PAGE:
This coming weekend, Marshall and Pickell, along with a pretty extensive host of other competitors (usually around 150 anglers) will fish the Speck-Tackular trout tournament slated for the Galveston Bay System out of Sanddollar Autoplex on Galveston Island (for details, go to www.specktourney.com).
 I don’t fish near as many tournaments as I used to, nowadays preferring to go at it on my own schedule and at my own pace. Nonetheless, I keep my radar tuned to the guys who regularly participate in Western Gulf fishing tournaments.
 I went to the University of Houston to get my journalism degree (they didn’t offer a “Troutology” major). Ever since I graduated in August of 1979, I’ve been fortunate to have … as a reporter and photographer … learned some incredibly useful lessons from some of the most knowledgeable saltwater fishermen in the country.
 I’ve learned a lot, not the least of which is the fact that a person needn’t be a celebrity tournament angler, or even professional guide, to possess valuable angling-related knowledge. Guys like Marshall and Pickell, should they choose to do so, could more than hold their own as pro guides.
 Meanwhile, as they and others continue to ply coastal waters with new approaches and innovative techniques, I am still busy taking notes.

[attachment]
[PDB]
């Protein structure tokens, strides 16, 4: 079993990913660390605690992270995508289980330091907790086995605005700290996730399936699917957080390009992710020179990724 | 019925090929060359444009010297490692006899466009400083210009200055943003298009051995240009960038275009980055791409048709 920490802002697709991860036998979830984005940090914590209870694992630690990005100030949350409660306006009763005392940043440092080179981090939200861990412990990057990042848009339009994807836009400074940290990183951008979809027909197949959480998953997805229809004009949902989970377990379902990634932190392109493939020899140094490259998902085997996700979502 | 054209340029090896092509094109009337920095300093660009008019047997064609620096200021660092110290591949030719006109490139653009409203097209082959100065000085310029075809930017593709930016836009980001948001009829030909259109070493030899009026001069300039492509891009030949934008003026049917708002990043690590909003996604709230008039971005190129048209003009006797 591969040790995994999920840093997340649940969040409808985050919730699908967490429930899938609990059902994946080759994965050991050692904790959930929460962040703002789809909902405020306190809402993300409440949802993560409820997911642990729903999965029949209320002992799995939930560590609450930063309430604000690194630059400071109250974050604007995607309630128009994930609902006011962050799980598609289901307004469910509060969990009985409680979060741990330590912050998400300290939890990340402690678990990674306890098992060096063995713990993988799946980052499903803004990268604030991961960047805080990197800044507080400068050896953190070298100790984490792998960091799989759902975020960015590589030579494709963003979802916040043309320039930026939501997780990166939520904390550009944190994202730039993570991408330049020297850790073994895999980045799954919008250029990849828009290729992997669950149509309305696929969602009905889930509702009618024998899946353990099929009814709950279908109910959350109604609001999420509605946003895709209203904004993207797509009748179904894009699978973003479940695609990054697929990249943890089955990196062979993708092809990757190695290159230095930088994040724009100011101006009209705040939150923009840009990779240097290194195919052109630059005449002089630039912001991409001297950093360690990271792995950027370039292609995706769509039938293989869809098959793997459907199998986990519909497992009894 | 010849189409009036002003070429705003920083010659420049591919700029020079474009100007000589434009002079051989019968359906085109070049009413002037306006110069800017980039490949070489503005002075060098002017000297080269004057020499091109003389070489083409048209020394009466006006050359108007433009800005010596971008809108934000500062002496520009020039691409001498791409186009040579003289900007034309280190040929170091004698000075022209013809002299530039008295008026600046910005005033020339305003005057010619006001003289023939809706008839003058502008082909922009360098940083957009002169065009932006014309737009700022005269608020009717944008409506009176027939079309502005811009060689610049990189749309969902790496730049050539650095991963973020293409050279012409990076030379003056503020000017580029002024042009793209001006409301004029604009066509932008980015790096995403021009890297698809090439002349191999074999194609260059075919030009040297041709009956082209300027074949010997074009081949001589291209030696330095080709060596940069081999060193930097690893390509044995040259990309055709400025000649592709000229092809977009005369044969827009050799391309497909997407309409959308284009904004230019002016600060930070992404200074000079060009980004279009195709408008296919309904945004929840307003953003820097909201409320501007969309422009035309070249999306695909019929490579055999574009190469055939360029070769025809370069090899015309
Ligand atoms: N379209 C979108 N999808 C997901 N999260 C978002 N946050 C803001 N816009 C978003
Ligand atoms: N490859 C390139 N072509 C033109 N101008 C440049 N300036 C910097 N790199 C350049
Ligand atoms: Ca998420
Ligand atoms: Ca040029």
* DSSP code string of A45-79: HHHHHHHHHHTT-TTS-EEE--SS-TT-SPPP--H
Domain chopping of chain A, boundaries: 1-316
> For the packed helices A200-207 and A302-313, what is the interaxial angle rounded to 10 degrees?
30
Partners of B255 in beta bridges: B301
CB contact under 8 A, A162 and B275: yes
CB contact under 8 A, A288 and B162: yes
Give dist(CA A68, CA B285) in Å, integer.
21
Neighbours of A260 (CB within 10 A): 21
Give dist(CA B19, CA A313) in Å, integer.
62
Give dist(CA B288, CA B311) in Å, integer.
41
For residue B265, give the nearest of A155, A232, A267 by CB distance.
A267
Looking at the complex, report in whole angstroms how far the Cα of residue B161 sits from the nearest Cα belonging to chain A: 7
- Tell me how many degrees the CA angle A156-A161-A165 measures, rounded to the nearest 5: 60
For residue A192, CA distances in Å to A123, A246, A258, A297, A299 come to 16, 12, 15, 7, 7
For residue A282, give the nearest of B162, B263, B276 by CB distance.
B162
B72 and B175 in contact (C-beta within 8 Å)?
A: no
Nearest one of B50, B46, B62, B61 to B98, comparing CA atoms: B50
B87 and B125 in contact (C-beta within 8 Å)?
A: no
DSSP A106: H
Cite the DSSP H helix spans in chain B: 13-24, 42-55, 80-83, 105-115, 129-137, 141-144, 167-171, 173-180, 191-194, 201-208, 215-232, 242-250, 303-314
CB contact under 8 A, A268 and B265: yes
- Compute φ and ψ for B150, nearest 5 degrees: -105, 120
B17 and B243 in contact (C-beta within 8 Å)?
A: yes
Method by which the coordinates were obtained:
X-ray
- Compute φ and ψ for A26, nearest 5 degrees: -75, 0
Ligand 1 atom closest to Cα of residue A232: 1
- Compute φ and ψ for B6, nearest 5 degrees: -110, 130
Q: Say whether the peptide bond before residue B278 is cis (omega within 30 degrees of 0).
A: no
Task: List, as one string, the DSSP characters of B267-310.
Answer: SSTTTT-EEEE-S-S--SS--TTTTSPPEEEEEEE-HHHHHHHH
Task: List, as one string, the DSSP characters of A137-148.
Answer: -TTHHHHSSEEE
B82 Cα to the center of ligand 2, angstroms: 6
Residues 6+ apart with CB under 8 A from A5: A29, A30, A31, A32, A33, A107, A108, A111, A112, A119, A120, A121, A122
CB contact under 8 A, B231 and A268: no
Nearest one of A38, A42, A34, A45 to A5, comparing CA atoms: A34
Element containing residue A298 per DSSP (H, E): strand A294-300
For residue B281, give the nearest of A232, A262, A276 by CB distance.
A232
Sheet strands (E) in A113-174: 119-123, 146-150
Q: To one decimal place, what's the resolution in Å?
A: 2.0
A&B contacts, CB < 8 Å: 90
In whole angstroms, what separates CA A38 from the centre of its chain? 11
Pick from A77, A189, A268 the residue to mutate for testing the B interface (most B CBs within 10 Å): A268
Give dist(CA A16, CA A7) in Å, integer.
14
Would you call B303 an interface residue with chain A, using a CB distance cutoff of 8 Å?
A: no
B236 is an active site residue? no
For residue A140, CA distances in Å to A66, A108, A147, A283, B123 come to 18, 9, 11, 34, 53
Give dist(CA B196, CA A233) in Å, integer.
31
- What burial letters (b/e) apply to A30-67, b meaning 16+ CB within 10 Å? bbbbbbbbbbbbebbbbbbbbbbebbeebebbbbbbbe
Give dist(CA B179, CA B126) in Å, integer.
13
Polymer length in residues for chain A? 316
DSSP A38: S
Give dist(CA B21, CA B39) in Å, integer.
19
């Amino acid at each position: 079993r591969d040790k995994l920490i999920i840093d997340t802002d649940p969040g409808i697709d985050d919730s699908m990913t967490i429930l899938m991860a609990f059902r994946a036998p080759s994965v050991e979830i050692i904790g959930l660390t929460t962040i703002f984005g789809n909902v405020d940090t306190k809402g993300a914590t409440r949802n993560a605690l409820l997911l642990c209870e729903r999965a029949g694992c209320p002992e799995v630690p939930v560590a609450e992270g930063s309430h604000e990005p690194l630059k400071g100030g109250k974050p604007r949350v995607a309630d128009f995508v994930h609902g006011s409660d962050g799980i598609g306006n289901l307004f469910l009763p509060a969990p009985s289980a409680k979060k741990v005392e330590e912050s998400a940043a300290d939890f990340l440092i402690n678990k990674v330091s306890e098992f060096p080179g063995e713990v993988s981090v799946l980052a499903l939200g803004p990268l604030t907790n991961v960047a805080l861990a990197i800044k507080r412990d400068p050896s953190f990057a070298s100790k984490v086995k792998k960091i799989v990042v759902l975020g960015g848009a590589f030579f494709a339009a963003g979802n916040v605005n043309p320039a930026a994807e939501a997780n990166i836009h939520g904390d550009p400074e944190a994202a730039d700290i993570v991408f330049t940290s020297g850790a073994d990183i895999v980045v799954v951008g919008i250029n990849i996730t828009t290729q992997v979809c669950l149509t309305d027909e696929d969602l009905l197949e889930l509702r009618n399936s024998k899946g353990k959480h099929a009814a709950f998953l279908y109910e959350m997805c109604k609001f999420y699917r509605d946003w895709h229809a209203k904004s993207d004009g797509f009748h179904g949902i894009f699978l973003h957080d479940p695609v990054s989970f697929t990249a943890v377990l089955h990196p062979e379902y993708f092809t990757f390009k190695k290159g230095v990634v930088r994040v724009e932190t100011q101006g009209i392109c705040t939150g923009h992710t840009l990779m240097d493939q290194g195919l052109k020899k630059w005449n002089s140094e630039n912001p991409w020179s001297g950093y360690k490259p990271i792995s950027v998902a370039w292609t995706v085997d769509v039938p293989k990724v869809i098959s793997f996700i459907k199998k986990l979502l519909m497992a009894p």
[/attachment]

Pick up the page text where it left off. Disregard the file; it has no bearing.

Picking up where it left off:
Here’s hoping that you might be willing to share some experiences and tips of your own, and that some of what is shared here on CoastalAnglers.com, or via one of our upcoming videos or currently-in-progress book, “Larry Bozka’s Texas Saltwater Fishing Guide: Coastal Angling Strategies and Techniques,” helps you add at least a few more ounces to a stringer or livewell of your own.


One Response to “Variety Pays: Team Shake N Bake Takes Second in Plugger Open Pro-Am Trout Series Matagorda Tournament”

  1. Fishing » Blog Archive » Variety Pays: Team Shake N Bake Takes Second in Plugger Open Pro … responds:

    […] Ishrath Humairah wrote an interesting post today onHere’s a quick excerpt… skies and pleasantly cool temperatures. It was also one that my friends Danny Marshall and Mike Pickell of Seabrook are not likely to forget anytime soon. Fishing the Matagorda Bay System for only the second time in their lives, […] […]